Canada Revenue Agency (CRA) has denied almost every gifting tax shelter claimed in its audited tax returns due to inaccuracies in the claimed tax shelter. In fact, the CRA has decided to withhold owed taxes and refunds for all the tax returns that have claimed the gifting tax shelter and, having been granted to do so, take additional actions if required by the federal government.
The tax professionals at AG Tax have prepared an overview of the Canadian Gifting Tax Shelter Scheme, proving useful to taxpayers considering claiming and/or have already been claiming this tax shelter.
What is the Gifting Tax Shelter Scheme?
As per the CRA, taxpayers can gift properties or monetary contributions to certain qualified and registered parties and associations (such as charitable organizations) who, in return, will issue a tax shelter receipt to these taxpayers for the donated amount or value of the gift. It can then be used to reduce taxes by acting as a ‘tax shelter’ on the income tax return, thus, receiving the name, ‘gifting tax shelter scheme.’
If the gift is a property, which is not part of a tax shelter gifting arrangement, the taxpayer should be aware that the charitable donation/gift amount should be limited to either the fair market value or cost of the property, whichever is lesser (unless the gifting/contribution is made on behalf of a deceased taxpayer, not belonging to any tax shelter gifting arrangement, then the donation is considered to be made at fair market value), provided it fulfils ANY of the following:
- The property was acquired less than 3 years before the date on which it was donated, OR
- The property should be less than 10 years old before the date on which it is donated, provided that the taxpayer acquired the property with an objective to donate it in the future.
Example: If a 3 year old property was acquired by the donor at $5,000 and the current market value is $3,500 then the tax-sheltered amount will be the lesser of the two; i.e. $3,500.
CRA’s Approach to this Tax Shelter Concern
The CRA has been auditing all tax returns that include gifting tax shelter schemes, and has found none of them to be Canadian tax-law compliant. They have noticed that in most cases the issued receipts are of amounts higher than those actually gifted/donated. To address this situation, the CRA has taken various actions, such as:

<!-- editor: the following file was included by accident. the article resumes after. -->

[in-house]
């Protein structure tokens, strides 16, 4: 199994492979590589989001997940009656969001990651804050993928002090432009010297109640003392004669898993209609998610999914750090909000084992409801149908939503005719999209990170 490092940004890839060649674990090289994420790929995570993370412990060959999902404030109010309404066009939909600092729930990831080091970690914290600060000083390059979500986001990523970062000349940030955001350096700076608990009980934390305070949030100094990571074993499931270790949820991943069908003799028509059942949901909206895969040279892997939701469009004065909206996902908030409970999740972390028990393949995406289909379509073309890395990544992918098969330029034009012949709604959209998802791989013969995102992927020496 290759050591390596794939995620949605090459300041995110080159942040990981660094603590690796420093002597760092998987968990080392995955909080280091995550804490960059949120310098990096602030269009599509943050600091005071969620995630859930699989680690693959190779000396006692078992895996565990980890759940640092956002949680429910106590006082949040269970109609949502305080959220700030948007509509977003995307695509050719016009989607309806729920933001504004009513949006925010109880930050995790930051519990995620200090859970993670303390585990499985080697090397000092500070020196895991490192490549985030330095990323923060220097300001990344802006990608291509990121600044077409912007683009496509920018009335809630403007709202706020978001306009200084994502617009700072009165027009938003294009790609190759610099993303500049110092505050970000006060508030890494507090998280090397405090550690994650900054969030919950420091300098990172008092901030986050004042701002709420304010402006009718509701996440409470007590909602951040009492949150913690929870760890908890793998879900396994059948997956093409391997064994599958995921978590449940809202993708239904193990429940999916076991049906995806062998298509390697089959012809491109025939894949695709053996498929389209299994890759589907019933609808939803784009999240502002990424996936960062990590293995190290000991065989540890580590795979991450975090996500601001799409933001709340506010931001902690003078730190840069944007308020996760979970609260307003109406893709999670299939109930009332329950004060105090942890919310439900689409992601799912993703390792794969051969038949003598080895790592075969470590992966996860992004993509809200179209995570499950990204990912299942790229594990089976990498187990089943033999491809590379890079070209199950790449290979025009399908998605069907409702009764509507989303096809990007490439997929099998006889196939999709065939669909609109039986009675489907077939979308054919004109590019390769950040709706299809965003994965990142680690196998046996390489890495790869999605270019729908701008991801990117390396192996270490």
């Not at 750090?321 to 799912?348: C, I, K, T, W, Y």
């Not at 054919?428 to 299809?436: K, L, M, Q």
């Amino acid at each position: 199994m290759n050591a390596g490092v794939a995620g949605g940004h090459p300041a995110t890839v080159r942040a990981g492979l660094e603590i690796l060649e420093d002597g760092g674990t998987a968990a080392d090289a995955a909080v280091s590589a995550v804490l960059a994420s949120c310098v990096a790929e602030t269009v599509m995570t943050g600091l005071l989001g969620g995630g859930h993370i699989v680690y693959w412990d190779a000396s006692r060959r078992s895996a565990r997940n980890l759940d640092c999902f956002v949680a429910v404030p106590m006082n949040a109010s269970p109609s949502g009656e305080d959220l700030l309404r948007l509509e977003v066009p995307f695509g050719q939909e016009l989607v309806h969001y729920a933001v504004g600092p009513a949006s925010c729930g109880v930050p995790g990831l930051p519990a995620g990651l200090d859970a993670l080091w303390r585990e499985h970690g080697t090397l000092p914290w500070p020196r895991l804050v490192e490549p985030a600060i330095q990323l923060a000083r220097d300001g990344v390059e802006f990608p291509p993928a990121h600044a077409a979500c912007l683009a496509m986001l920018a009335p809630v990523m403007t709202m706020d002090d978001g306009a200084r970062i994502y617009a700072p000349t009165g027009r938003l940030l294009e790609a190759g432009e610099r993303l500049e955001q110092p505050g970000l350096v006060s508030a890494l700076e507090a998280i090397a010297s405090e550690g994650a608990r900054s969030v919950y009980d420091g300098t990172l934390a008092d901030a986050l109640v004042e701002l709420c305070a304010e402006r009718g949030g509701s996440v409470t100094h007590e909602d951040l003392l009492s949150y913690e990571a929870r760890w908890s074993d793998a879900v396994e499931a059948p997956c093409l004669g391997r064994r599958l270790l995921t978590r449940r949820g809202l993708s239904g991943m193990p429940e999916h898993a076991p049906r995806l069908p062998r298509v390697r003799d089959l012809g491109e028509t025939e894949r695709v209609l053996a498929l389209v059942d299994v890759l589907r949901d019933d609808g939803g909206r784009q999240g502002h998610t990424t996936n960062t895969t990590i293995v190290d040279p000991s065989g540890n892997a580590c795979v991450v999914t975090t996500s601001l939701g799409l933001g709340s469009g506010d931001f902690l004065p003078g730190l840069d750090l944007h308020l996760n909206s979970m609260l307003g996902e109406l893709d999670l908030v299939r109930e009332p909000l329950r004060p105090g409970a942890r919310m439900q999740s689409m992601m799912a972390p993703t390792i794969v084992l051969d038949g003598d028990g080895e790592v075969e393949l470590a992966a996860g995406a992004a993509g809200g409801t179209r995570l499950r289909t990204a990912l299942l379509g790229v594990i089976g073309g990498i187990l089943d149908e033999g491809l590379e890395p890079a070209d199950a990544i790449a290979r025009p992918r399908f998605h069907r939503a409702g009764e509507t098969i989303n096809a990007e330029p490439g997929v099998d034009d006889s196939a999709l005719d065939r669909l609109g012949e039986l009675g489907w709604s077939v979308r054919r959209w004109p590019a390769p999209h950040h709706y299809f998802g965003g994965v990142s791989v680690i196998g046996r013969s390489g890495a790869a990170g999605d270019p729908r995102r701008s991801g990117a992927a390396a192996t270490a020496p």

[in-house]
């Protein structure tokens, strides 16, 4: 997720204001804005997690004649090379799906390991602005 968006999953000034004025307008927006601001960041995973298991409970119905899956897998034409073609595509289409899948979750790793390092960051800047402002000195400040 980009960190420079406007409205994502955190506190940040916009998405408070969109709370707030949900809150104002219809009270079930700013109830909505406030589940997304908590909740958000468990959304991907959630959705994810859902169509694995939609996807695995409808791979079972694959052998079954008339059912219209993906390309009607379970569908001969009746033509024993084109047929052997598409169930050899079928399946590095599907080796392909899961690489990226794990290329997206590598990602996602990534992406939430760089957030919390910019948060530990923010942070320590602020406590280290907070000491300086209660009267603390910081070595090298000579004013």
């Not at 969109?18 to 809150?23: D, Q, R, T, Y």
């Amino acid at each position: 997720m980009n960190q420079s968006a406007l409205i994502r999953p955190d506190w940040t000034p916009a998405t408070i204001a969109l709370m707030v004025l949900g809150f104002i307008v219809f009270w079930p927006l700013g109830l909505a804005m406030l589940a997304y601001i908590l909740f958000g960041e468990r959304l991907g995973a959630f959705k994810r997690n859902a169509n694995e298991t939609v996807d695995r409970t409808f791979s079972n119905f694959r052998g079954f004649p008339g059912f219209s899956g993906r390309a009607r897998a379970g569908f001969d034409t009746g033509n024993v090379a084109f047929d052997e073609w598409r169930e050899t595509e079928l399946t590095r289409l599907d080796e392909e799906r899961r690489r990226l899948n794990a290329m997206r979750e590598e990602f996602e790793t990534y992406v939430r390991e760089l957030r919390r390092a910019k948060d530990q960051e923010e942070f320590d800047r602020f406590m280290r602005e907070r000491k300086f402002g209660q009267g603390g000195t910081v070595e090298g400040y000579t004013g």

- Denied donation claims totalling $5.9 billion, and reassessed over 182,000 taxpayers who participated in these gifting tax shelters.
- Revoked the charitable status of 47 charitable organizations that participated in gifting tax shelter scheme.
- Assessed $137 million in third-party penalties against involved promoters and tax preparers.
Going forward, the CRA will not be assessing taxes or providing refunds to any taxpayers claiming a gifting tax shelter credit until their tax return is audited. In the case that a taxpayer makes a claim under a gifting tax shelter scheme, the taxpayer can have his or her tax return assessed before the related tax shelter has been audited if they agree to remove the tax shelter claim from their return.
The new legislation, introduced in Economic Action Plan 2013, provides the CRA more power. It allows them to collect 50% of the disputable amount or from a receivable refund when these amounts are related to a gifting tax shelter. Even if the taxpayer had made the contribution to a valid organization, or has filed objection to the CRA’s decision to withhold refunds, or has made an appealed to a Canadian Tax Court.
Measures by Taxpayers
Taxpayers should refrain from practices where any promoter or charitable organization offers them donation receipts for amounts higher than the actual monetary contribution or value (cost or fair value) of the property, as these are likely to be void for tax purposes: Charitable donations should be made only to CRA recognized charities in order to qualify as tax-deductible charitable donations (verify your charitable organization). Additionally, the CRA advises Canadians considering entering into a tax shelter arrangement to obtain independent, professional advice before signing any documents.
Tax laws are complex, and it is always advisable to consult a tax professional regarding any tax matter, be it filing of tax returns, claiming any credits or deductions or any other tax situation since only a professional would be fully aware of the exact tax laws and their applications.
AG Tax LLP Can Help
If you have any tax-related queries, need assistance with tax planning or filing your tax returns please contact us. Our team comprises of highly experienced tax professionals with extensive knowledge of U.S. and Canadian tax laws as well as cross-border compliance
Furthermore, as a full service accounting firm, AG Tax assures complete assistance with even your most complex tax needs.
We can assist with:
- Canadian Personal and corporate tax returns
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